Medicaid

News and updates about Medicaid.

Pixabay

Hoosiers did not stop signing up for Indiana's Medicaid expansion even though they had to pay into a health savings account. That’s according to new research from three Indiana University professors.

Creative Commons/Pixabay

Indianapolis health researchers hope the results of a new study will encourage policymakers to support nationwide Medicaid expansion.

The Trump administration has made clear it would like to remake the American health care system. There's been the protracted battle over the Affordable Care Act. Now, there are some new moves on the future of Medicaid.

On Monday, the federal government released decisions on requests from two states to change the way they administer the health care program for low-income people.

The first decision came on lifetime caps. Kansas wanted to cut off Medicaid benefits for some people after 36 months.

Medicaid Is Rural America's Financial Midwife

Mar 13, 2018
Maddie McGarvey / Kaiser Health News

Brianna Foster, 23, lives minutes away from Genesis Hospital, the main source of health care and the only hospital with maternity services in southeastern Ohio’s rural Muskingum County.

Sarah Fentem / Side Effects Public Media

With federal spending on Medicaid experiments soaring in recent years, a congressional watchdog said state and federal governments fail to adequately evaluate if the efforts improve care and save money.

Sarah Fentem / Side Effects Public Media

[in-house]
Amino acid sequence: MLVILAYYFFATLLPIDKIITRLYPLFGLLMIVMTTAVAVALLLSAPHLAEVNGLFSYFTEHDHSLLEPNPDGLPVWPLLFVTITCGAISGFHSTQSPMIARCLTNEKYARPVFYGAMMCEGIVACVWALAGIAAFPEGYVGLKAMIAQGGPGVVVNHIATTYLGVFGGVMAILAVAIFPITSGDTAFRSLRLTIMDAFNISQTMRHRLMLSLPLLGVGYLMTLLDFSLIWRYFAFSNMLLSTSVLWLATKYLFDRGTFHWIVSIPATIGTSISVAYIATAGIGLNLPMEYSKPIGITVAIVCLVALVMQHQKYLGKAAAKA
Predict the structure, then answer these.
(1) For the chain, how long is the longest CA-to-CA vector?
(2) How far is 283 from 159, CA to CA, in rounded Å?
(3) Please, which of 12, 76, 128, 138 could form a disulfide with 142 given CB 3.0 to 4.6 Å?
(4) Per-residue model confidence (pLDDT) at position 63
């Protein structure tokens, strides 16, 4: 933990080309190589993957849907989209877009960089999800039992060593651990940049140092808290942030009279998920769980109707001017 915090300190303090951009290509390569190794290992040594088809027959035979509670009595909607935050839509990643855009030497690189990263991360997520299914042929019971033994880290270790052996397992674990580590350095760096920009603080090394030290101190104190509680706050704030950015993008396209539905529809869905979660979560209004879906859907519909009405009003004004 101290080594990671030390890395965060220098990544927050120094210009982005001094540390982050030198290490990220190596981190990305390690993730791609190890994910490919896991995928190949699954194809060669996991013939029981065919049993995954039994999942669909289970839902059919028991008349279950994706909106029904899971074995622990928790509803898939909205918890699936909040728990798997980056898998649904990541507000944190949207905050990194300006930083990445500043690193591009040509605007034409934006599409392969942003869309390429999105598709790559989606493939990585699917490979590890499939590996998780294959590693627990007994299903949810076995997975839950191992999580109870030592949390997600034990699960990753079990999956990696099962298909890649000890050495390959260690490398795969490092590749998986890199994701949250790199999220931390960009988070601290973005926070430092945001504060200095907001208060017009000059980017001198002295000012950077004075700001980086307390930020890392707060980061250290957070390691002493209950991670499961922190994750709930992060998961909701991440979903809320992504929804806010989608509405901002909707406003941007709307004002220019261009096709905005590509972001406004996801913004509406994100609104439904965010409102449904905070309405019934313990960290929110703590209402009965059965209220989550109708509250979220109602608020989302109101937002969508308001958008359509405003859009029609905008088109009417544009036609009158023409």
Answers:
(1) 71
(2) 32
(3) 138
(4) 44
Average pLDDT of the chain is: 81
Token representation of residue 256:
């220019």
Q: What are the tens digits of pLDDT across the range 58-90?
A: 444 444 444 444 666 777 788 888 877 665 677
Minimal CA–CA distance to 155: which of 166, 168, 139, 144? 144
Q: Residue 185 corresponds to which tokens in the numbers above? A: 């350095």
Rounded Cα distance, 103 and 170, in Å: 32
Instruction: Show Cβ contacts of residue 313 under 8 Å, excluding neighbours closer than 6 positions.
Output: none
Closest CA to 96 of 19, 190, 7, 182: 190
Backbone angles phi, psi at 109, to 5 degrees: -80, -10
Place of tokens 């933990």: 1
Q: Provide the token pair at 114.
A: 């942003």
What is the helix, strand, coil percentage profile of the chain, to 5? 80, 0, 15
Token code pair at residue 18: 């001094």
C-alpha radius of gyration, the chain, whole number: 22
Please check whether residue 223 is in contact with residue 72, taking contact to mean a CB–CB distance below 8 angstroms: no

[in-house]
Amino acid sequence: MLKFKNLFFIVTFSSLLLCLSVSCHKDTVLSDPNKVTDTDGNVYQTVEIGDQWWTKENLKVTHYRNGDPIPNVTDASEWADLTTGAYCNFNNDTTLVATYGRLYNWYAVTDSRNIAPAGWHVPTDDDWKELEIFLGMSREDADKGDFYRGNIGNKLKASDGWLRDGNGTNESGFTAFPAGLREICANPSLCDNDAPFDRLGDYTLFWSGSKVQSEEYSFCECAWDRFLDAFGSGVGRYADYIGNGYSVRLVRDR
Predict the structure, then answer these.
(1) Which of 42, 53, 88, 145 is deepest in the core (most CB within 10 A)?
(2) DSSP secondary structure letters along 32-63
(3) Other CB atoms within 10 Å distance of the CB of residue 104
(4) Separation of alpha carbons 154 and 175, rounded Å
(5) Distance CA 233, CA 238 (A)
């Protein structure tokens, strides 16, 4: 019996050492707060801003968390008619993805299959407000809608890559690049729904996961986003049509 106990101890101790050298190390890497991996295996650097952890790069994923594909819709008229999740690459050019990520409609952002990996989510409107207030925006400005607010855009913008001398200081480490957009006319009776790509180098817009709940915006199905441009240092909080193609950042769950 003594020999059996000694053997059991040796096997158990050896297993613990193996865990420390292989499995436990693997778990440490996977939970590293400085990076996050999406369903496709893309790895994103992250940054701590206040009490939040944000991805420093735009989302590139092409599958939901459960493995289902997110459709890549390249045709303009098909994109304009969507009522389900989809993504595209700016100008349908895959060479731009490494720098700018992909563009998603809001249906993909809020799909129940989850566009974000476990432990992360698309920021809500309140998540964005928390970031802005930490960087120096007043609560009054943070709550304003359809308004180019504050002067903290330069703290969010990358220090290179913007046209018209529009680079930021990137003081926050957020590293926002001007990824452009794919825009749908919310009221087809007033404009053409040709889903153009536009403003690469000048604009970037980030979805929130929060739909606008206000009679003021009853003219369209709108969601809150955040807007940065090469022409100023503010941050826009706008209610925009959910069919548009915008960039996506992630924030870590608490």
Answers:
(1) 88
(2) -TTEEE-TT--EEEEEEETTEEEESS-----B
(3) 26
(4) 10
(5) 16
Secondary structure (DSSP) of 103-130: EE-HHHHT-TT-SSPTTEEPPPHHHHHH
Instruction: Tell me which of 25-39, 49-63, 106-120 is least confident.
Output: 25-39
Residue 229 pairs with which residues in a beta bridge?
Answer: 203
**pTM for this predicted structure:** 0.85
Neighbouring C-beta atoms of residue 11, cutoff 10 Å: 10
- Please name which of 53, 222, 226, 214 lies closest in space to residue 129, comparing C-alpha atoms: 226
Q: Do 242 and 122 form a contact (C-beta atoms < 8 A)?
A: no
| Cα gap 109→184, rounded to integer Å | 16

Indiana’s Medicaid program got an update on Feb. 2 when the federal government approved a new version of the Healthy Indiana Plan.

The new changes became effective Feb. 1.

Steve Pivnick / US Air Force

Indiana Medicaid will now cover residential treatment, detoxification and peer recovery services. The federal government approved the expanded coverage earlier this month as part of the Healthy Indiana Plan’s Medicaid waiver extension.

Sarah Fentem / Side Effects Public Media

Members who fail to renew coverage under Indiana’s Medicaid program will be subject to a six-month suspension period. That’s despite previous notice in 2016 from the federal government that the state can’t enforce such lockouts.

Indiana is now the second state that will make people work in order to receive Medicaid benefits.

Indiana’s Medicaid program, known as the Healthy Indiana Plan, is approved by the federal government under a special waiver. That waiver allows the state to experiment with different ways to offer insurance coverage.


Elliot Englert / for Side Effects Public Media

As the Trump administration moves to give states more flexibility in running Medicaid, advocates for the poor are keeping a close eye on Indiana to see whether such conservative ideas improve or harm care.

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